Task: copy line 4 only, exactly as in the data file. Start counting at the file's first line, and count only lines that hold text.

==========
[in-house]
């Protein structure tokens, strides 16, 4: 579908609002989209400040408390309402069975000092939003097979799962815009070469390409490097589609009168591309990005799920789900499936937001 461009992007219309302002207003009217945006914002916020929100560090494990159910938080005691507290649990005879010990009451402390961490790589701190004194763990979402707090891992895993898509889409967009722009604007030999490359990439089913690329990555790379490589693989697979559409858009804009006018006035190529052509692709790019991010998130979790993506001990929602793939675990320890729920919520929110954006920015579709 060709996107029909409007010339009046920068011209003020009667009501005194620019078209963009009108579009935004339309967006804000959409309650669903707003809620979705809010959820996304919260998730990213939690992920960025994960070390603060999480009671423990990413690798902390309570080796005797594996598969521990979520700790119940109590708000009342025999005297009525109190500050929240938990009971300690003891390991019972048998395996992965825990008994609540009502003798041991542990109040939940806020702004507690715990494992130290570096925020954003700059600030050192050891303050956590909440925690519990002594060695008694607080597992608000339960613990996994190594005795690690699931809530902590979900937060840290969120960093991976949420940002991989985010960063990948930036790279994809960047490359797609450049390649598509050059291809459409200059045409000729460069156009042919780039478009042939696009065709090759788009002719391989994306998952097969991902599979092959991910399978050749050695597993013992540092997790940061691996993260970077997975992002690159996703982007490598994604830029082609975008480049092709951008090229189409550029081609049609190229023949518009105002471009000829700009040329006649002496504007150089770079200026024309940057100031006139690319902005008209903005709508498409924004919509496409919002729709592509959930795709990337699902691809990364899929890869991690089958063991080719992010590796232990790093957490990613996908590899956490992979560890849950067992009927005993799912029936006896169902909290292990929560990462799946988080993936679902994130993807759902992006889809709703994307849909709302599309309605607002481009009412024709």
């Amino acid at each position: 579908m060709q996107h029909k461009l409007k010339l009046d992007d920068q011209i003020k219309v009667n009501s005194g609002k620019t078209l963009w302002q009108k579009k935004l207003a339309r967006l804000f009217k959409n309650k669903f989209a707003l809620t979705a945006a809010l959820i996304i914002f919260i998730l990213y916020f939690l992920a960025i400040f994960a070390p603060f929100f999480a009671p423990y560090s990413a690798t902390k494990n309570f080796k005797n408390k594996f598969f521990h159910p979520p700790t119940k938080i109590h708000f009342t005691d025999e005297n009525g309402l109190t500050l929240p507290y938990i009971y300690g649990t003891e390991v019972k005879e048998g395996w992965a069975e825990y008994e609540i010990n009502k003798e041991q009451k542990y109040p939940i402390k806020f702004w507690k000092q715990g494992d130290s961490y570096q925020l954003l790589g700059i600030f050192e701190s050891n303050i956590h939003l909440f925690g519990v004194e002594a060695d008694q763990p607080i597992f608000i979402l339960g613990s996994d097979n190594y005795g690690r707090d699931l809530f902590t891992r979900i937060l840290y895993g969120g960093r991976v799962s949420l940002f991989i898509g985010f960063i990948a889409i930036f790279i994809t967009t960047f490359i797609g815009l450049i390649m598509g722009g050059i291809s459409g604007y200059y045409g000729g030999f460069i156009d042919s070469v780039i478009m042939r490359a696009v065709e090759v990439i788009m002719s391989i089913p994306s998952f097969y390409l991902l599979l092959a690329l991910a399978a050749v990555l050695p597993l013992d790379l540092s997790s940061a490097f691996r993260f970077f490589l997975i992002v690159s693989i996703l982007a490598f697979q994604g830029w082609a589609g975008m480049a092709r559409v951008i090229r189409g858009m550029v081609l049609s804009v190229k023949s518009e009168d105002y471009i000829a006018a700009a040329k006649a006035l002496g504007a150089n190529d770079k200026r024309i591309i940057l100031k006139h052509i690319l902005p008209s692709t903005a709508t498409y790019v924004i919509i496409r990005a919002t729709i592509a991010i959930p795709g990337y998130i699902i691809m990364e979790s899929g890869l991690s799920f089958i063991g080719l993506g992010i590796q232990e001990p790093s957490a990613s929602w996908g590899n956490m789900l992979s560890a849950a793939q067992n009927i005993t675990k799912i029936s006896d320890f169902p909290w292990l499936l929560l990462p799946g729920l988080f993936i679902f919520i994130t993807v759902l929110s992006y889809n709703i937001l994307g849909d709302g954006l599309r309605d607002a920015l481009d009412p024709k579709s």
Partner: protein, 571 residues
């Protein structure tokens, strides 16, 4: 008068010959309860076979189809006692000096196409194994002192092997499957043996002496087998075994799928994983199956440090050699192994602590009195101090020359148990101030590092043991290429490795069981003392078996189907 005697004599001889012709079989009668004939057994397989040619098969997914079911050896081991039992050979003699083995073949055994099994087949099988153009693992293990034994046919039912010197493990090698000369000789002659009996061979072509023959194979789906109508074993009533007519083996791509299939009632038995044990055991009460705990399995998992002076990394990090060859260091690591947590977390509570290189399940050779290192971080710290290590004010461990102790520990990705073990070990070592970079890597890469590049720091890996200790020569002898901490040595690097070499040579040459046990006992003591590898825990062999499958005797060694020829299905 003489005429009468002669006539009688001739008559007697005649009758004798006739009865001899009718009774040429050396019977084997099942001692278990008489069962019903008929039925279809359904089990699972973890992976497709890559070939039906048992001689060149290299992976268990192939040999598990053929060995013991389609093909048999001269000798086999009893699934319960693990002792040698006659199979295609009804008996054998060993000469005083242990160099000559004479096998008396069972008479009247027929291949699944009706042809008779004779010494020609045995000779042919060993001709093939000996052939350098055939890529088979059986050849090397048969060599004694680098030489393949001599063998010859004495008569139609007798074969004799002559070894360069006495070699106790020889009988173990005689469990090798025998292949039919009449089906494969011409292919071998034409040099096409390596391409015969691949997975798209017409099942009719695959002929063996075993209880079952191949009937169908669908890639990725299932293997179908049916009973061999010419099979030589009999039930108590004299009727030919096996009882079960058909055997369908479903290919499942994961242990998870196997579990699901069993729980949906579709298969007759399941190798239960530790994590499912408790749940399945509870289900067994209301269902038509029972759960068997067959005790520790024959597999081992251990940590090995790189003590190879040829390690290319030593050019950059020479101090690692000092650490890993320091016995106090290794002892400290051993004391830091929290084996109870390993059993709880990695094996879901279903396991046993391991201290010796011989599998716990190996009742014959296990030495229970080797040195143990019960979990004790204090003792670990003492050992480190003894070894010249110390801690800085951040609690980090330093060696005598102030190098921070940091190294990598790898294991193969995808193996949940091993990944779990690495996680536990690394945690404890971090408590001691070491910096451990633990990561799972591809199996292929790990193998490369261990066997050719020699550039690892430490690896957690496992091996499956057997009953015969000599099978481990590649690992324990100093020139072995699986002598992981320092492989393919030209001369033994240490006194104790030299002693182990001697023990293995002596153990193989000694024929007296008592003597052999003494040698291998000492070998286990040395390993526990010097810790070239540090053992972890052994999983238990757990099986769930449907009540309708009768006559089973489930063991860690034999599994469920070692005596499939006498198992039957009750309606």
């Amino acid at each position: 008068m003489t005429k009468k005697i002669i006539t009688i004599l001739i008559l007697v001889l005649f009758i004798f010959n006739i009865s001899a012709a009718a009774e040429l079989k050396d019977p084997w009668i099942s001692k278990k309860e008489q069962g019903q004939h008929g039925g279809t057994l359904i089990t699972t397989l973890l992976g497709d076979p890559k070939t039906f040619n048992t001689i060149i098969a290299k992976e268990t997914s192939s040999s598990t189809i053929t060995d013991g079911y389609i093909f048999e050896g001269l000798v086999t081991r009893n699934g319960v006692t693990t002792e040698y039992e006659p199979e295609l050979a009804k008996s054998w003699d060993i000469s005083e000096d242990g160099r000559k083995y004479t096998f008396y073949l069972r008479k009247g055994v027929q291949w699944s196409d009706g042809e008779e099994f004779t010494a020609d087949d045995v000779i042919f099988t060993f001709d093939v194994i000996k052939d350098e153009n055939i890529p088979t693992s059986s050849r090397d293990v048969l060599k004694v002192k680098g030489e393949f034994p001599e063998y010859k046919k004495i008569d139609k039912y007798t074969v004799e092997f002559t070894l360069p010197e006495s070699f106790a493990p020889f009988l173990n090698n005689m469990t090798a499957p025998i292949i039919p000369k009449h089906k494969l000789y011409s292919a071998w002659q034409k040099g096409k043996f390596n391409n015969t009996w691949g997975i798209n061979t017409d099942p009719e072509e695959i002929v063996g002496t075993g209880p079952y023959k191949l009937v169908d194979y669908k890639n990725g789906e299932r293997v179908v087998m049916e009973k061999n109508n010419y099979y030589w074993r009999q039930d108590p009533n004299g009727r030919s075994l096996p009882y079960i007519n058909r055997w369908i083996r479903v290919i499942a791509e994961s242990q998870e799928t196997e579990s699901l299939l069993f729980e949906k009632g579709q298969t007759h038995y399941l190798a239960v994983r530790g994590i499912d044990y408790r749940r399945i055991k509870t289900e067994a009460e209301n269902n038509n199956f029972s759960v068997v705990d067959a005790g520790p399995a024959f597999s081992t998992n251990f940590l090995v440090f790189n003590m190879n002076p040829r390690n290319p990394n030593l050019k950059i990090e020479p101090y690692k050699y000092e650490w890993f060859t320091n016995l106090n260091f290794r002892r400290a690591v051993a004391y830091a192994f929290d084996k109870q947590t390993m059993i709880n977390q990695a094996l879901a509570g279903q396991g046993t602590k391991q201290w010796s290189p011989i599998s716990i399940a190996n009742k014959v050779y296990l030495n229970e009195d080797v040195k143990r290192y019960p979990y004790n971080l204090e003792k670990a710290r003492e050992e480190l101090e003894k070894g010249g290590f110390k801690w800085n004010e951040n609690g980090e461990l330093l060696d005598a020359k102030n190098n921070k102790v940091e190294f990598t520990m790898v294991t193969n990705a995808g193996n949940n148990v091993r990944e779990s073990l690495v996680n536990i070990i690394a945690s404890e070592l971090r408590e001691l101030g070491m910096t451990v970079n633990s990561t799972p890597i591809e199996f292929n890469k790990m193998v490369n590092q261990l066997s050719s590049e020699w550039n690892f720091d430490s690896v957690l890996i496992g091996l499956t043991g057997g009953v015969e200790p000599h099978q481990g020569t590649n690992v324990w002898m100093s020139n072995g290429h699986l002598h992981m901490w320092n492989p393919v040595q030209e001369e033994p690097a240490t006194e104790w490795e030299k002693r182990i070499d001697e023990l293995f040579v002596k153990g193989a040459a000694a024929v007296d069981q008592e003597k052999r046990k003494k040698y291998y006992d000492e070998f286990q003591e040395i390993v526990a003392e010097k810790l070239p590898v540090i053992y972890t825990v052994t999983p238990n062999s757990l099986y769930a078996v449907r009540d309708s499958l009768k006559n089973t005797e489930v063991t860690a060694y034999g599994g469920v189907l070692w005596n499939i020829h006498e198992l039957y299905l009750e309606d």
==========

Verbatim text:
Partner: protein, 571 residues